Thermoplastic elastomers from multifunctional biomonomers — "Green" materials without compromise?

Monday, December 9, 2013 - 2:00pm
Event Type: 

1420 Molecular Biology Bldg.

Eric Cochran, Associate Professor, Chemical and Biological Engineering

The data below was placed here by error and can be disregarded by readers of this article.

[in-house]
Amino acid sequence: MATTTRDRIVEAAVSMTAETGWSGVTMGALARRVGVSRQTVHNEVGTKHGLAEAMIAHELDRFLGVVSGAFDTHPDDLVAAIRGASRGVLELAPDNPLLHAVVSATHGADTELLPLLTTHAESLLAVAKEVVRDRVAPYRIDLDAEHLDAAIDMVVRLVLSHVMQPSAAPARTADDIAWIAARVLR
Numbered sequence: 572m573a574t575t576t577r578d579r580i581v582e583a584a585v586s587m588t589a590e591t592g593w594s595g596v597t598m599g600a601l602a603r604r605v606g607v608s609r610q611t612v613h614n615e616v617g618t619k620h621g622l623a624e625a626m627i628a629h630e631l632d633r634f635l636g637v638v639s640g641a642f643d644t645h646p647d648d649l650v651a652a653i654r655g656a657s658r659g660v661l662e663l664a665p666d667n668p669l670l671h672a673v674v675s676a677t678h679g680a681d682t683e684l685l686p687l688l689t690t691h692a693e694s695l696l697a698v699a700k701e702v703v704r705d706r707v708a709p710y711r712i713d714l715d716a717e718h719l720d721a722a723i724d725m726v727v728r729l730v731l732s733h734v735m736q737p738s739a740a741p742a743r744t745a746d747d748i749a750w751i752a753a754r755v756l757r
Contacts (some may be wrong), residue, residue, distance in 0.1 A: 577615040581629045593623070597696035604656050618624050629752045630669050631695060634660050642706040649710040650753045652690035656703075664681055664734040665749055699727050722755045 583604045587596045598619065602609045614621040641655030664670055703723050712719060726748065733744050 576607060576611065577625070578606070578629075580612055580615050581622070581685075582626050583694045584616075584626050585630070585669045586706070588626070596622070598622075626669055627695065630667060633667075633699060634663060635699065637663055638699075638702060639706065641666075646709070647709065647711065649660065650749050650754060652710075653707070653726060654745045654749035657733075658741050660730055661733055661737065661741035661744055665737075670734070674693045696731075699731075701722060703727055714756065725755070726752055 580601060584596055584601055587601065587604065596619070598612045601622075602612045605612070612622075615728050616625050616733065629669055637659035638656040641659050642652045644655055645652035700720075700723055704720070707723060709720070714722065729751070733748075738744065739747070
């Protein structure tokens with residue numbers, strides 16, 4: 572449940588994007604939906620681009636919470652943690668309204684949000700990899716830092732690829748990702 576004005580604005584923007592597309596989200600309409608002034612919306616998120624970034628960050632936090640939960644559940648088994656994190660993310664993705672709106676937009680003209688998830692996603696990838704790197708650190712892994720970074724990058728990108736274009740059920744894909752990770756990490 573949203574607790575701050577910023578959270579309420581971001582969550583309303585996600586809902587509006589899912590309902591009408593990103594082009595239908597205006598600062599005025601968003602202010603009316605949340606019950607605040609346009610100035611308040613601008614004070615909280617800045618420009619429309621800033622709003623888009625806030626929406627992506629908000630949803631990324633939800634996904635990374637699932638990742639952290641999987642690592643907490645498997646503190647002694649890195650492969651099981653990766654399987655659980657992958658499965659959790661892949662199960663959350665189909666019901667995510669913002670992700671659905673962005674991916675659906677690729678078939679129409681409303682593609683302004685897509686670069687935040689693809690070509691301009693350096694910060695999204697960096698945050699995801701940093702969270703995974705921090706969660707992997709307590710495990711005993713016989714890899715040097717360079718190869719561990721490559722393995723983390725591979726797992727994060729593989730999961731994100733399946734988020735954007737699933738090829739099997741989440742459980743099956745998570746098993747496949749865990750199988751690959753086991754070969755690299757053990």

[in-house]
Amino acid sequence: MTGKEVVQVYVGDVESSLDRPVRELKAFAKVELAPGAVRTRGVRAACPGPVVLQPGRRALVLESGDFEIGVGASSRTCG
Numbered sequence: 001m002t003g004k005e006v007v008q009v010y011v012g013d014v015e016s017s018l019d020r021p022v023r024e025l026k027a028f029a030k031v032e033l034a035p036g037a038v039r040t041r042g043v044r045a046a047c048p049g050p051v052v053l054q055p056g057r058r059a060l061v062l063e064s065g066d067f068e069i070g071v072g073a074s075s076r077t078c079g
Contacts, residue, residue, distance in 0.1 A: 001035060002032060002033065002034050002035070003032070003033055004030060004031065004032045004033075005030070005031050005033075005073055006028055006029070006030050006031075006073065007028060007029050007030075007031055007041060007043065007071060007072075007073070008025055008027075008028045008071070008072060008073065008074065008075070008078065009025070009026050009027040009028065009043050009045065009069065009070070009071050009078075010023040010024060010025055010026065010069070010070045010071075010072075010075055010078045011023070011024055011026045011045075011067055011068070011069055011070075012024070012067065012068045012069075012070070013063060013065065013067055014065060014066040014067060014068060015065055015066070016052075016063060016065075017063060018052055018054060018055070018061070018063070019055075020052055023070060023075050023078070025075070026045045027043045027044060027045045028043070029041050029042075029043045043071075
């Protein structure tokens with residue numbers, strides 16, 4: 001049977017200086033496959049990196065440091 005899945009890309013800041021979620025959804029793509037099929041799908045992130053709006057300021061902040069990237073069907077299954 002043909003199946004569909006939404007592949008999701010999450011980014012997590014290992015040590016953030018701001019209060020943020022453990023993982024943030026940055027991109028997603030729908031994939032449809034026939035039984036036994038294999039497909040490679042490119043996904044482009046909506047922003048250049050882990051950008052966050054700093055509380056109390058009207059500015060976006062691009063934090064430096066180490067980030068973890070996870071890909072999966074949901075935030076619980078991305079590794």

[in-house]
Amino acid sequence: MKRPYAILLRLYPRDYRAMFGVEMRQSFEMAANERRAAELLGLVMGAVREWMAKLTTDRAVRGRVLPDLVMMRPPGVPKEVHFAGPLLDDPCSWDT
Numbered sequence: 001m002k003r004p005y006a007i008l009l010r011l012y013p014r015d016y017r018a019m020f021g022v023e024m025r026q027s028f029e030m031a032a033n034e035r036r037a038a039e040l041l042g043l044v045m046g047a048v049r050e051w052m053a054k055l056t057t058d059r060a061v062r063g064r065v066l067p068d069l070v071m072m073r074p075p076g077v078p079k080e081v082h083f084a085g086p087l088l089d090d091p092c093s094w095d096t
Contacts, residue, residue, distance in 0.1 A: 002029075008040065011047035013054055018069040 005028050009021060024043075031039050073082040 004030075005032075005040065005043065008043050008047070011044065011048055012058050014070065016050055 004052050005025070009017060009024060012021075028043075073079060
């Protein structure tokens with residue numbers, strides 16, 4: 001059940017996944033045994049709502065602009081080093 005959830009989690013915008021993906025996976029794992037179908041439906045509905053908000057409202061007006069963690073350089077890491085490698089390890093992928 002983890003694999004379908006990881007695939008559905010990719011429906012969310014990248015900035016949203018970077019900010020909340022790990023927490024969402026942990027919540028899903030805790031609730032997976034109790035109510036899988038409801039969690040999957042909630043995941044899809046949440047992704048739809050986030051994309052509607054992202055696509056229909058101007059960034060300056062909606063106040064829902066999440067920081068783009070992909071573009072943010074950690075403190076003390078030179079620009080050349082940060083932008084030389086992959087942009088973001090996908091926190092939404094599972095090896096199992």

Abstract: In this talk I will provide an overview of our recent work with the application of controlled free radical polymerization chemistries to produce hyper-branched thermoplastic elastomers from multi-functional bio-monomers such as triglycerides, glycerine, or even potentially phenolic residues from lignin. Atom transfer radical polymerization (ATRP) and reversible addition-fragmentation chain transfer polymerization (RAFT) both use the free radical propagation mechanism to produce homopolymers, statistical copolymers, and block copolymers with tailored architectures. This is made possible — through two very different chemical mechanisms — by the limitation of the free radical concentration to the picomolar range. We have tailored these two chemistries to copolymerize multifunctional acrylated bio-monomers (e.g., from various vegetable oils) into either statistical or block architectures with styrene as the hard segment to form economical thermoplastic elastomers up to 750 kDa in molar mass.

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